The three significant generations are hung chronologically and are framed between Alberto Korda’s photographs of the revolution (he took the iconic picture of Che Guevara that is also shown here), at the beginning of the exhibition, and a collaborative video and photo installation of Havana now by Anabel Bouza Cabrera, and Clayton Howze Haskell situated in the final exhibition room.

In addition to the works by professional artists from Cuba, and in the spirit of the Havana Biennial exhibitions, included are paintings by two self-taught artists, Juan Carlos Anzardo and A.P. Bornot, who in the U.S. would be called “outsider”, while in Cuba are more respectfully referred to as “spontaneous.”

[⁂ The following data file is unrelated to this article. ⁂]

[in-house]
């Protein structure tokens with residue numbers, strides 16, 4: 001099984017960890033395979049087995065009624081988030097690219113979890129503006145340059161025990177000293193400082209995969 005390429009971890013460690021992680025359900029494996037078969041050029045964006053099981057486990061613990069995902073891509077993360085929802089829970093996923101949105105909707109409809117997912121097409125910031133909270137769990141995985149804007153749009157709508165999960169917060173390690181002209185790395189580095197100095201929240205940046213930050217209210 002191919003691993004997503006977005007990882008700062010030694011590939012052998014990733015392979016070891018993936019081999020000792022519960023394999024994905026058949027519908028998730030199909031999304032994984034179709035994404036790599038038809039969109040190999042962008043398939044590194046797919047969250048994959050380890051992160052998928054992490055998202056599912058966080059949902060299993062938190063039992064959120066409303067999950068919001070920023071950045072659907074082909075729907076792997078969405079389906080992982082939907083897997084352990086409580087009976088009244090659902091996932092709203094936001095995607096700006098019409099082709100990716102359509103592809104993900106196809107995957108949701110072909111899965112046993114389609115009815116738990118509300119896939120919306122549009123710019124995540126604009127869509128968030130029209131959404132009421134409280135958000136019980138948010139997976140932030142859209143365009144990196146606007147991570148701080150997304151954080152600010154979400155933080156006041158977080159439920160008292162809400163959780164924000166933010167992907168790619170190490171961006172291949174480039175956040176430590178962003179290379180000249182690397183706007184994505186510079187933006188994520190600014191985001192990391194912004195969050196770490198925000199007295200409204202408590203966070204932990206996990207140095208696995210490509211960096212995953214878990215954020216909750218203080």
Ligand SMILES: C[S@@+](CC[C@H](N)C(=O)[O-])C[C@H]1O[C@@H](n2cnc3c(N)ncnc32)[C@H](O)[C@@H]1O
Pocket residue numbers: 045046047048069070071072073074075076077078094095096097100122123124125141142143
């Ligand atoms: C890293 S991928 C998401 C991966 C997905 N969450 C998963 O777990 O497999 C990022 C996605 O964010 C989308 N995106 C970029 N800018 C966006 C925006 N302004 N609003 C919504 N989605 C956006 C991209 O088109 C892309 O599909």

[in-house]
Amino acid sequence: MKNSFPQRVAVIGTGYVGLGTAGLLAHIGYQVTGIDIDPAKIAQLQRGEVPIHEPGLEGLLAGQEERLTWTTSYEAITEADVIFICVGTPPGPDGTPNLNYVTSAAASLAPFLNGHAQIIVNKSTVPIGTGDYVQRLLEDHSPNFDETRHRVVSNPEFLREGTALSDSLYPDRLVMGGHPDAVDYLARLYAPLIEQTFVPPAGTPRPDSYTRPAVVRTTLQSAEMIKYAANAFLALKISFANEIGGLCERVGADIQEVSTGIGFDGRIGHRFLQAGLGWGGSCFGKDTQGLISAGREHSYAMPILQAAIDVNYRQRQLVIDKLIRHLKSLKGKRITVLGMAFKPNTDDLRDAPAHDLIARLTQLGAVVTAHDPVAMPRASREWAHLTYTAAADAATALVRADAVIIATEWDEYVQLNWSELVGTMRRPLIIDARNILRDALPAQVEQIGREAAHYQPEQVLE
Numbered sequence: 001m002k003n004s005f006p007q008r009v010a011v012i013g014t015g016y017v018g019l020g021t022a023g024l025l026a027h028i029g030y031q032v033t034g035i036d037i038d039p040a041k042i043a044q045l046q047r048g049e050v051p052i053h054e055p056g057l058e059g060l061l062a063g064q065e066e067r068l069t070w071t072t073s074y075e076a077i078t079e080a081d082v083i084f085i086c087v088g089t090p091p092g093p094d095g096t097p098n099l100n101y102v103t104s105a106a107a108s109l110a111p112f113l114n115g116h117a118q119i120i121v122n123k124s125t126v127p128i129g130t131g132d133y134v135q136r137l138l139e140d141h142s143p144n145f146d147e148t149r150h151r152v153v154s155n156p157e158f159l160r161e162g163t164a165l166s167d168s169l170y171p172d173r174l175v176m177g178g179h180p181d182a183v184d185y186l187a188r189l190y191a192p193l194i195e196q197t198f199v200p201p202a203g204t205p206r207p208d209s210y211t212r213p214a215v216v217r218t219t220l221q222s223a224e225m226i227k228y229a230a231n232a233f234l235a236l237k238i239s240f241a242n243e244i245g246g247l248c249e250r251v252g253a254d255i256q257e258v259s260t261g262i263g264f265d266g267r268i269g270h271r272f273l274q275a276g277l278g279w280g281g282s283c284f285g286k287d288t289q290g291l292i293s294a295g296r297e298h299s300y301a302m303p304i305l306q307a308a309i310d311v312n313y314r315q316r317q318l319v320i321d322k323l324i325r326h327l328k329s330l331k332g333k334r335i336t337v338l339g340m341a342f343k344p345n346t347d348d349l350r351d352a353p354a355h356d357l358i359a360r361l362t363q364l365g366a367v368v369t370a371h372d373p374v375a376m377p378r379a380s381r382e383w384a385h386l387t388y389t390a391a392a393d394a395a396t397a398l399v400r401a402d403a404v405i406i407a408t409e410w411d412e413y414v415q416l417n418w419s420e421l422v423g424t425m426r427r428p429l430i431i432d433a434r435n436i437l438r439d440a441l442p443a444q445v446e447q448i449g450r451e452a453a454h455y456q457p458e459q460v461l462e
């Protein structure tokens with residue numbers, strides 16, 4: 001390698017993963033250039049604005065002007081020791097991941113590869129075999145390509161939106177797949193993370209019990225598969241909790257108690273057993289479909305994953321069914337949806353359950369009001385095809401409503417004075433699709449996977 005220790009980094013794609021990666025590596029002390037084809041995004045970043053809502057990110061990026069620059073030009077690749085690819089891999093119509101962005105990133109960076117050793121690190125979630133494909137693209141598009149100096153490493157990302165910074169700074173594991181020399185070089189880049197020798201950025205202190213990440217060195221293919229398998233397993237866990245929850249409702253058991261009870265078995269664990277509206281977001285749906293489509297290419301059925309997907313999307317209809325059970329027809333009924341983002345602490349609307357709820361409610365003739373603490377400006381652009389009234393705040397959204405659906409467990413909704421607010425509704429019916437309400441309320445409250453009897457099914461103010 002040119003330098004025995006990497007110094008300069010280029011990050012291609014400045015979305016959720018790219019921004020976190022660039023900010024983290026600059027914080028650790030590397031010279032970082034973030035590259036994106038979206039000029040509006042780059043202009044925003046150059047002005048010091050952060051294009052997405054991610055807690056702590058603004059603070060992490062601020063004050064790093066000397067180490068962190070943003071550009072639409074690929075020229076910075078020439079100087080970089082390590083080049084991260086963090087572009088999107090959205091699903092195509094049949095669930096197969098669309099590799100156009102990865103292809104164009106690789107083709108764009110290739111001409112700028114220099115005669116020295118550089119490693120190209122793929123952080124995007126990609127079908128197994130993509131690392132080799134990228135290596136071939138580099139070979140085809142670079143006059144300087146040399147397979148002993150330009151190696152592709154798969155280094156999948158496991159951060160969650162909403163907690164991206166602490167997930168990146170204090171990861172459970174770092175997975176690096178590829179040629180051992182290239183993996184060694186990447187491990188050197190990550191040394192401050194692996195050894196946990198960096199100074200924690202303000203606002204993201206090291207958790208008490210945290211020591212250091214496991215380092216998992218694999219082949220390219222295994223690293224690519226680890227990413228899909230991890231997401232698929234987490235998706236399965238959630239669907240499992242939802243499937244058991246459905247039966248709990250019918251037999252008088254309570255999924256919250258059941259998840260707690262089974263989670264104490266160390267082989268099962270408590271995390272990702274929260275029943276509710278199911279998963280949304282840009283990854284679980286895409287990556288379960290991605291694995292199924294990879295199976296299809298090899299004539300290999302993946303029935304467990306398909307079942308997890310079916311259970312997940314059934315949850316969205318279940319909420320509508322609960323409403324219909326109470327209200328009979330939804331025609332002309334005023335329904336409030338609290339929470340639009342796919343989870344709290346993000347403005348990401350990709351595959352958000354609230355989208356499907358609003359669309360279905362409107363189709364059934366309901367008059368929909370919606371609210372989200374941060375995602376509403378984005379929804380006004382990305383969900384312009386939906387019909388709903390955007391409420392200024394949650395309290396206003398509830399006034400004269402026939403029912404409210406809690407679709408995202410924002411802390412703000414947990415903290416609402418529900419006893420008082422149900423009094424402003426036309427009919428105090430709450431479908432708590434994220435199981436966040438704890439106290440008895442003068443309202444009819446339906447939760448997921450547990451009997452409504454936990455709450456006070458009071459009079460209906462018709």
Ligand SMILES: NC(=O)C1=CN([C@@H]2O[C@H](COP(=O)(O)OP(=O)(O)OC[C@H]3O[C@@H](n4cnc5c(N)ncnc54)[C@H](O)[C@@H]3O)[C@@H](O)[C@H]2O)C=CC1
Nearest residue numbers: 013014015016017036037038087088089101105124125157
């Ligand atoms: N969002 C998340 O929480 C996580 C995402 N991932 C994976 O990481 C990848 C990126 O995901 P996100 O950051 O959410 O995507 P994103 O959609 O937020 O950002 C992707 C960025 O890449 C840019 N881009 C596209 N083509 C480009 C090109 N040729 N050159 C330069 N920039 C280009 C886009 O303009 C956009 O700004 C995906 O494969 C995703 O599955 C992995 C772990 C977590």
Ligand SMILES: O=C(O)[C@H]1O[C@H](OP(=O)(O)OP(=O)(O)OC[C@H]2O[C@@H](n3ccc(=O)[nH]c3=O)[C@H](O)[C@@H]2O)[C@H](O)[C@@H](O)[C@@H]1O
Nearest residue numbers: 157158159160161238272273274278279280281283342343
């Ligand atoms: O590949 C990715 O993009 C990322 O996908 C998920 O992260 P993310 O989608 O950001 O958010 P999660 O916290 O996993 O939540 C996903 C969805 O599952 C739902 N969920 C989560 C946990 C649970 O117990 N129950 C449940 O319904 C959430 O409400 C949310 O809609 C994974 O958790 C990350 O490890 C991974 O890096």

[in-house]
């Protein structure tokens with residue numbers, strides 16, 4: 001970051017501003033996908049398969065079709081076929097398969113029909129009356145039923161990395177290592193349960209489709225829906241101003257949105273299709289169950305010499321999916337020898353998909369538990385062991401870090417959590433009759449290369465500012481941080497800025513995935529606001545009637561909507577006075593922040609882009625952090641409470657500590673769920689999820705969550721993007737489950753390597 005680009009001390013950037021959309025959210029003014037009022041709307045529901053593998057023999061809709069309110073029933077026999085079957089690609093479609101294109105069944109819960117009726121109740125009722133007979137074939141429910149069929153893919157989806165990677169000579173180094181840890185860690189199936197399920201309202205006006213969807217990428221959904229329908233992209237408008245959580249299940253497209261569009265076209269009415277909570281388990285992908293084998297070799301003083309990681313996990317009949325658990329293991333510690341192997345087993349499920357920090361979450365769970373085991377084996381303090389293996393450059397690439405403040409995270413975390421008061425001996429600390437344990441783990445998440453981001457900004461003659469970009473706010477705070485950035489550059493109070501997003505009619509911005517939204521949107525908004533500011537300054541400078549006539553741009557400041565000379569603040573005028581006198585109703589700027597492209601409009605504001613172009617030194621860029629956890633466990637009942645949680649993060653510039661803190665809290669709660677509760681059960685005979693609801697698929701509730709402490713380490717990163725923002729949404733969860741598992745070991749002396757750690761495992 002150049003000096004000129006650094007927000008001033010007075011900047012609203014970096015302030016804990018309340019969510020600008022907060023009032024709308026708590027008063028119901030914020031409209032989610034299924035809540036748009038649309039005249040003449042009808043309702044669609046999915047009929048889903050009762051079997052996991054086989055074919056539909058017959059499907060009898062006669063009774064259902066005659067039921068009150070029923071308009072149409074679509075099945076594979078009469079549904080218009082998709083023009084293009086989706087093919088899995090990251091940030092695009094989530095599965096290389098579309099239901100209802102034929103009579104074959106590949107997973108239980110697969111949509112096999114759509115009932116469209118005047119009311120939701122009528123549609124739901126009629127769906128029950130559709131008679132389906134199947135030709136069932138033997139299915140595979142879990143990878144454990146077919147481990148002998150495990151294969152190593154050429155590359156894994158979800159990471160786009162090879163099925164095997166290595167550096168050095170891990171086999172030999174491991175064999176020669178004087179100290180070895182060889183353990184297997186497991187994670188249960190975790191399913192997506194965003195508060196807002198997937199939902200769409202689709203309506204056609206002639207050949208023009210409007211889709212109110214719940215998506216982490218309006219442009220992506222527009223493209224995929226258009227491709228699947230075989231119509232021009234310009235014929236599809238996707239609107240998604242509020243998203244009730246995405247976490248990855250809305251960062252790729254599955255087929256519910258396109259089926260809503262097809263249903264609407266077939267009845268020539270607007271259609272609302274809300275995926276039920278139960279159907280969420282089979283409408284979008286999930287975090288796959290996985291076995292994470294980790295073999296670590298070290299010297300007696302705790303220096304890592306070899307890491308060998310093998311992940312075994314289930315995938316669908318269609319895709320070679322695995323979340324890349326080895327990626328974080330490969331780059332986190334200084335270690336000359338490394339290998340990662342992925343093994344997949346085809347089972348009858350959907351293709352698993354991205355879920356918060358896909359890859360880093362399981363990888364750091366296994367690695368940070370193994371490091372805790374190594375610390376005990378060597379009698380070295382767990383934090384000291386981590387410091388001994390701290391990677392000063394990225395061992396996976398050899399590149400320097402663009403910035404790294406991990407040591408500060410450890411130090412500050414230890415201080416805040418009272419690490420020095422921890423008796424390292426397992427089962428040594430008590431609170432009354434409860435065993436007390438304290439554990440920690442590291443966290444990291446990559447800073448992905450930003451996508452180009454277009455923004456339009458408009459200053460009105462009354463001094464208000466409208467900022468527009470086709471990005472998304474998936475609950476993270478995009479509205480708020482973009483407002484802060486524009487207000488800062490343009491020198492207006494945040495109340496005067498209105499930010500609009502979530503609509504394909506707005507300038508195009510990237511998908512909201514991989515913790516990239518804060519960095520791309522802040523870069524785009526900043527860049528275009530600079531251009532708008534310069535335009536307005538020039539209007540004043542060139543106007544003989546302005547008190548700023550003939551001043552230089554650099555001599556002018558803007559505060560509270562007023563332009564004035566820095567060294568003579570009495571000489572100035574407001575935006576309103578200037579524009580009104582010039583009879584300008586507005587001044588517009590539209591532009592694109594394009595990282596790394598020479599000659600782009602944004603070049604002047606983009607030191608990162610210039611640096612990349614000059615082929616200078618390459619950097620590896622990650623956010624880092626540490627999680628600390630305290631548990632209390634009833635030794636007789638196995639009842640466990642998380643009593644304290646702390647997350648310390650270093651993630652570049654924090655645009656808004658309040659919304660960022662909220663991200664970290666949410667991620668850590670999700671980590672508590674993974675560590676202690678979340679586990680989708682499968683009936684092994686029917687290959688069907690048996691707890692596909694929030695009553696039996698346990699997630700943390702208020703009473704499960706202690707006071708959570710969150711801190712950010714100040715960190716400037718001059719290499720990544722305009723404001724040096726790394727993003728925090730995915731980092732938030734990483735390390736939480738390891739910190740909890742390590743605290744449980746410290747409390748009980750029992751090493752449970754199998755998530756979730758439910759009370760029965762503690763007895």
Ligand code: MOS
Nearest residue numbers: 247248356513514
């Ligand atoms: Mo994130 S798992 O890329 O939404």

Finally, in the spirit of exchange, the curator has included a Cuban exile, resident of Savannah, Julio Garcia, who was born in Cuba, grew up in the U.S. and attended SCAD. Unlike the other artists here, his drawings are pure, cool, abstractions, in which process is central.

The four older artists here belong to the generation that broke with the dogmatic socialist realism of the 1970s: the engravings of Arturo Montoto, with their small still-life objects – an egg, a brush, a slice of melon - always isolated in an empty interior of crumbling and decaying surface; Pedro Pablo Oliva’s mixed media, magic-realist narrative on paper; and Roberto Fabelo’s altered pages of an anatomy book where hybrid profiles of humans with animal masks obscures the anatomical illustrations of the inner ear; and, finally, the painting of Nelson Dominguez, that seems more commercial, as if directed to a market for the tropical exotic.